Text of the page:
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Donald Trump has accidentally told an audience of global religious leaders that America’s greatest accomplishments include the “abolition of civil rights” during the National Prayer Breakfast.
“Since the founding of our nation, many of our greatest strides, from gaining our independence to abolition of civil rights, to extending the vote for women, have been led by people of faith and started in prayer,” the president said on Thursday. “When we open our hearts to faith we fill our hearts with love.”
The president attended the breakfast in Washington, where speakers addressed the level of division in the country and what one described as a “fracturing of the American family.”
The annual gathering brought together members of the president’s Cabinet and members of Congress, including Democratic House Speaker Nancy Pelosi. Among those delivering readings on Thursday was Michael Curry, a reverend who made headlines around the world with his stirring sermon about the power of love at the wedding of Prince Harry and Meghan Markle.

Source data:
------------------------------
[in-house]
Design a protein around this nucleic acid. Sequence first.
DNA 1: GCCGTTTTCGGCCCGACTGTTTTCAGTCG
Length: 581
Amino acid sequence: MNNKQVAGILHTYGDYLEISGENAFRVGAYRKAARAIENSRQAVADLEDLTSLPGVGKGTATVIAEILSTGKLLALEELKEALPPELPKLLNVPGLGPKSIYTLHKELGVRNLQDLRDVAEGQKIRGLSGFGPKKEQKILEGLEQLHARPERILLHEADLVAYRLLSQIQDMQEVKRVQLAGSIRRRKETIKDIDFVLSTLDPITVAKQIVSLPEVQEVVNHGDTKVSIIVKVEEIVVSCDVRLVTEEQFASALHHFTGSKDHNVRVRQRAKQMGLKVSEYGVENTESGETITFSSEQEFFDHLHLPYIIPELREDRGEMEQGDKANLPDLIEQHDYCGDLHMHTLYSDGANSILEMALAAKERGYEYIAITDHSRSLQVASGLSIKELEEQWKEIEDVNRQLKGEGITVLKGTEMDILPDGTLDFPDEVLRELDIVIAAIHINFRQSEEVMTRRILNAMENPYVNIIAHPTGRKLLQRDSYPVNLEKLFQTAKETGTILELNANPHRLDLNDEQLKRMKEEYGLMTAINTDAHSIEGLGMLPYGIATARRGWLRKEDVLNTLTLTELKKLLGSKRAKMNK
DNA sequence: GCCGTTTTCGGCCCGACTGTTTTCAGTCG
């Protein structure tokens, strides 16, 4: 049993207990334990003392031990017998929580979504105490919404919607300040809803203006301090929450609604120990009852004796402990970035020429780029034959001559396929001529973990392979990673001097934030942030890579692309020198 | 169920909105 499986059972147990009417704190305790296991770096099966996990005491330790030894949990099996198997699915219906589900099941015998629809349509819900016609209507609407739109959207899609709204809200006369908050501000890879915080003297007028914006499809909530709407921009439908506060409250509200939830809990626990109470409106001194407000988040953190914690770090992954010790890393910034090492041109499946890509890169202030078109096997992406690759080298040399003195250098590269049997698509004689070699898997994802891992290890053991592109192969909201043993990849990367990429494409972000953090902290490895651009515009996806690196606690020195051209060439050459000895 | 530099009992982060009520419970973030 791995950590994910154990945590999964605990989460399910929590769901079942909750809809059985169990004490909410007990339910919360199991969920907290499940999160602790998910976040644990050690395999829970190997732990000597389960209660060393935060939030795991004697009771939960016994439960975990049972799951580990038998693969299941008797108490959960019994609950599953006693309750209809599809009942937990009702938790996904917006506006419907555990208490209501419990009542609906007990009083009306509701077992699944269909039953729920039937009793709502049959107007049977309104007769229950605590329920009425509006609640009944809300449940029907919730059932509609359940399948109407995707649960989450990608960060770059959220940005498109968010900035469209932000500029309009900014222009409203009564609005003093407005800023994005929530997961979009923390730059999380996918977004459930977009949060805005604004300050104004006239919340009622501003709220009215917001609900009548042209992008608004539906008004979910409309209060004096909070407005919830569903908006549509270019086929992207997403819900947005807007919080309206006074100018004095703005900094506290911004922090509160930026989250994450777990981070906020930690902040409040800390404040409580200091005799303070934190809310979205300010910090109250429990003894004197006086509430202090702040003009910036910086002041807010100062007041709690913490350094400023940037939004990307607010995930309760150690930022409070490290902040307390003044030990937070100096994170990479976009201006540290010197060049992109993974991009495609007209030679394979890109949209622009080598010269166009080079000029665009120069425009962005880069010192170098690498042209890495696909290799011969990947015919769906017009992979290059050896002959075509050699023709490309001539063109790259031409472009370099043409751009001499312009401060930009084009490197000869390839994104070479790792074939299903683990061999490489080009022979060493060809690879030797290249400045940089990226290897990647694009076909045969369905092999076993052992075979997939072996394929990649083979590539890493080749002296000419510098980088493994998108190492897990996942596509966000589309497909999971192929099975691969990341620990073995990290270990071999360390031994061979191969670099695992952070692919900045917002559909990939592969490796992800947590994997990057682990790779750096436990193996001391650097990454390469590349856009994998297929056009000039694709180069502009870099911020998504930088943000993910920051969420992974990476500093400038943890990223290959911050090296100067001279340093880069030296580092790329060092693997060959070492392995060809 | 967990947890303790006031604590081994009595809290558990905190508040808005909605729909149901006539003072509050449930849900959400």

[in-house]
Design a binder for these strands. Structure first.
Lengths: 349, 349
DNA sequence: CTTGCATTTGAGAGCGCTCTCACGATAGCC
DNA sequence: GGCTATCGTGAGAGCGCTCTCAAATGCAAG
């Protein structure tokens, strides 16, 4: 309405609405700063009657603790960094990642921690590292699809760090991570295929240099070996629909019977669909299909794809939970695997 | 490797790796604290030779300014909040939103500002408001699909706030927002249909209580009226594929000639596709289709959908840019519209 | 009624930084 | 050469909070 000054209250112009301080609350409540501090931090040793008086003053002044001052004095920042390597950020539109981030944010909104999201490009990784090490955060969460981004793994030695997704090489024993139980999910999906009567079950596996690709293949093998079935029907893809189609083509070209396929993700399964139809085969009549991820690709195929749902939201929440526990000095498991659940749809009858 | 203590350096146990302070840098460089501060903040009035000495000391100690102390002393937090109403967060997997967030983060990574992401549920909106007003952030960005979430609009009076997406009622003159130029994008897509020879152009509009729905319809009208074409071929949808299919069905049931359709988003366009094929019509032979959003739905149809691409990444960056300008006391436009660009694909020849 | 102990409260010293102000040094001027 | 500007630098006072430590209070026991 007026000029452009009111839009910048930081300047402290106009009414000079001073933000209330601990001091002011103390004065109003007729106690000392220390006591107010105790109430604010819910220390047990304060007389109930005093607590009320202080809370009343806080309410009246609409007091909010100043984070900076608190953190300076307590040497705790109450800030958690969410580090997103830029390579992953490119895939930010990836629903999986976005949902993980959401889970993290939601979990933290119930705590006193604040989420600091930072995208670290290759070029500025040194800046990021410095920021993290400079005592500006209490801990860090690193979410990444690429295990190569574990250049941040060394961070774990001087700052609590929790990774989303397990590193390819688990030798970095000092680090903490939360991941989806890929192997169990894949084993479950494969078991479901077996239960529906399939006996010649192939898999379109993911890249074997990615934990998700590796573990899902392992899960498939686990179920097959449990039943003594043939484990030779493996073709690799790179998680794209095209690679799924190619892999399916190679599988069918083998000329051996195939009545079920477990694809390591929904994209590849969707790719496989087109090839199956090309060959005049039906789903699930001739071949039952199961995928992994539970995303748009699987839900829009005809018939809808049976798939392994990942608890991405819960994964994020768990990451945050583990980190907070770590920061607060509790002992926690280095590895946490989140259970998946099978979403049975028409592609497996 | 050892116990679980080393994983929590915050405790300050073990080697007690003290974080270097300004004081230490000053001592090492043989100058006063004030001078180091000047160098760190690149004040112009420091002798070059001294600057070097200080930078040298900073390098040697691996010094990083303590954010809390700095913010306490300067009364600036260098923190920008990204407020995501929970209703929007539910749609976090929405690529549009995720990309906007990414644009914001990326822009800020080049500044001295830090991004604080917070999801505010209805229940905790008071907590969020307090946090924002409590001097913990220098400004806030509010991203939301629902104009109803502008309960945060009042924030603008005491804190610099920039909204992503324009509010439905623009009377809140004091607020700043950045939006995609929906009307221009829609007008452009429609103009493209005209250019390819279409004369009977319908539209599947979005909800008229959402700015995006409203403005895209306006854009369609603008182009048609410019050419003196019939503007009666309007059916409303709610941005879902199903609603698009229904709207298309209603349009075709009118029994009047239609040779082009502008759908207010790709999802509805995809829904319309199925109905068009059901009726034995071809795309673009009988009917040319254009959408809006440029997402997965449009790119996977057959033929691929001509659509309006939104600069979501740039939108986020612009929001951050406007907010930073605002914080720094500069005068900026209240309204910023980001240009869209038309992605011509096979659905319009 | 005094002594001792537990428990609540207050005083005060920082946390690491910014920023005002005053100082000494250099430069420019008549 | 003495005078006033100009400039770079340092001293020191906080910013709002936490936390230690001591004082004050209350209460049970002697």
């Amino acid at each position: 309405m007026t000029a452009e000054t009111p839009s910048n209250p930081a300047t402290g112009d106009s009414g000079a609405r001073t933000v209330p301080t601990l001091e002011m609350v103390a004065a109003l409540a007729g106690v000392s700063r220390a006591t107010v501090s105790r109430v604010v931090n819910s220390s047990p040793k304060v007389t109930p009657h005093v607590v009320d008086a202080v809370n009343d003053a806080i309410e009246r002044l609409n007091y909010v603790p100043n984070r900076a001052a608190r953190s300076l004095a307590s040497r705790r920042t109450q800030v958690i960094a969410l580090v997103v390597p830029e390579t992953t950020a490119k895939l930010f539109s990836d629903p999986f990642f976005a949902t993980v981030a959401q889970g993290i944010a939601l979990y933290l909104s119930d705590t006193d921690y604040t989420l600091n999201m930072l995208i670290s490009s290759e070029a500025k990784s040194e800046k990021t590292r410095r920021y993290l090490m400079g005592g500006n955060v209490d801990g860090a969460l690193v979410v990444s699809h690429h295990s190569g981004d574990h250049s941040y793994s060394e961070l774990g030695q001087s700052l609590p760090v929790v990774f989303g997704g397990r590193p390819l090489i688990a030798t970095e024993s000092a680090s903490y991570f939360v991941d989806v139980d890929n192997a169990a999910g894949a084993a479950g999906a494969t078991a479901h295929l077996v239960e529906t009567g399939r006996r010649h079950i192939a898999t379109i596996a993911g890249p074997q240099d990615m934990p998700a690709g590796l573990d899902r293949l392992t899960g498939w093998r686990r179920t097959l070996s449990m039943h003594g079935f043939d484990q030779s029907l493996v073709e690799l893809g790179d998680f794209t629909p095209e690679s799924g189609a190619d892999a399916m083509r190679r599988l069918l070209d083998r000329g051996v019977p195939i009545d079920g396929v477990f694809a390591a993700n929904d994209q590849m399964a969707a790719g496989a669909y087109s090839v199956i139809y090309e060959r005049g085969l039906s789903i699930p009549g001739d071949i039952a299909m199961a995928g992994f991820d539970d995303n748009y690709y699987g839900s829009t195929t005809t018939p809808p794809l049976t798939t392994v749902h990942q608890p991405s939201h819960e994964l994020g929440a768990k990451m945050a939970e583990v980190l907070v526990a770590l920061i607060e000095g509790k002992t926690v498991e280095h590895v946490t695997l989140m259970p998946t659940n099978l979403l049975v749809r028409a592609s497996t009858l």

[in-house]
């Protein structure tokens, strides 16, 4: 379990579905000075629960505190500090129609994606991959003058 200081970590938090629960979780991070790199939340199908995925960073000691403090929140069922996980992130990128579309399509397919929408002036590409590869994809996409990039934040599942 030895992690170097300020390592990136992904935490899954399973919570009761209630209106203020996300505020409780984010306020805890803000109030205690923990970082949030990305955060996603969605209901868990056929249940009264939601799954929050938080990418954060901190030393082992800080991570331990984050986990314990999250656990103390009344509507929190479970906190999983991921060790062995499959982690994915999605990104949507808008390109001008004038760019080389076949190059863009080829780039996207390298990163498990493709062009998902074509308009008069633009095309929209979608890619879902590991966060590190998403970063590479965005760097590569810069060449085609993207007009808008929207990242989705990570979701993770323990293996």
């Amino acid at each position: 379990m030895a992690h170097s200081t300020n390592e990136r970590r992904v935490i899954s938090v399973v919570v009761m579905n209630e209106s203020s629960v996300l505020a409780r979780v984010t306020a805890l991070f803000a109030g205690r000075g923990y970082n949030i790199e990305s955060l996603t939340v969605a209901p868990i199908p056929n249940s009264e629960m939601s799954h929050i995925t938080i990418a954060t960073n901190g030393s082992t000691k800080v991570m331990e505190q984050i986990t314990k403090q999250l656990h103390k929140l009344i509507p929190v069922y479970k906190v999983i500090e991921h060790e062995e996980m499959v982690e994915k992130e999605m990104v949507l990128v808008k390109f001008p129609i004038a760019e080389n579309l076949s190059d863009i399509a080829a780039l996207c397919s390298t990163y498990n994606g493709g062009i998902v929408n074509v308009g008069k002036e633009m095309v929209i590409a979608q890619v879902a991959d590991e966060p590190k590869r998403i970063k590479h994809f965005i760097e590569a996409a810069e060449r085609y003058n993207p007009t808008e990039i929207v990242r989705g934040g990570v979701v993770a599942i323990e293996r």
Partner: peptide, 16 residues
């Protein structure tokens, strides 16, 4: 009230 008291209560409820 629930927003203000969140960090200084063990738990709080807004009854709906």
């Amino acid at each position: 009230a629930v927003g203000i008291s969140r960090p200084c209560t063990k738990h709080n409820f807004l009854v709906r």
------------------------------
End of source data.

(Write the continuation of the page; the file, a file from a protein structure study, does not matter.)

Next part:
Mr Trump’s speech came after the president this week offered a fierce denunciation of late-term abortions in his annual State of the Union address, as he moved to re-energize evangelical voters who have been among his most loyal supporters and who will be vital in heading off any possible 2020 primary challenge.
The president also thanked Vice President Mike Pence’s wife, Karen Pence, for taking on her new job as a teacher “at a Christian school”.
Ms Pence has come under fire for the job after it was reported the school has a strict anti-LGBTQ enforcement policy in which students and their parents are not allowed to engage in homosexual acts.
Gary Haugen, of the International Justice Mission, spoke about a “fracturing of the American family” and described a “weary spirit of discouragement” in the country.
“For our American family, I do sense that we are in a national moment of perilously mounting discouragement,” he said. “Our tribal divisions, our institutional dysfunctions, our desperate winner-take-all contests of cultural resistance or survival, they seem to be pressing in our chests with a swelling anxiety of national disintegration.”
Still, he pointed to issues including criminal justice reform and combatting the opioid epidemic as areas in which the country could come together.
“Even in this divided era, there is good that we all agree should be done,” he said.
Guatemala’s ambassador to the US, Manuel Espina, offered prayers for Mr Trump, saying: “We pray that you’ll give him the wisdom and the knowledge to lead this country under your principles and guidance.”
Mr Trump received one of his largest standing ovations at the breakfast when he described all lives “sacred,” including those “born and unborn”.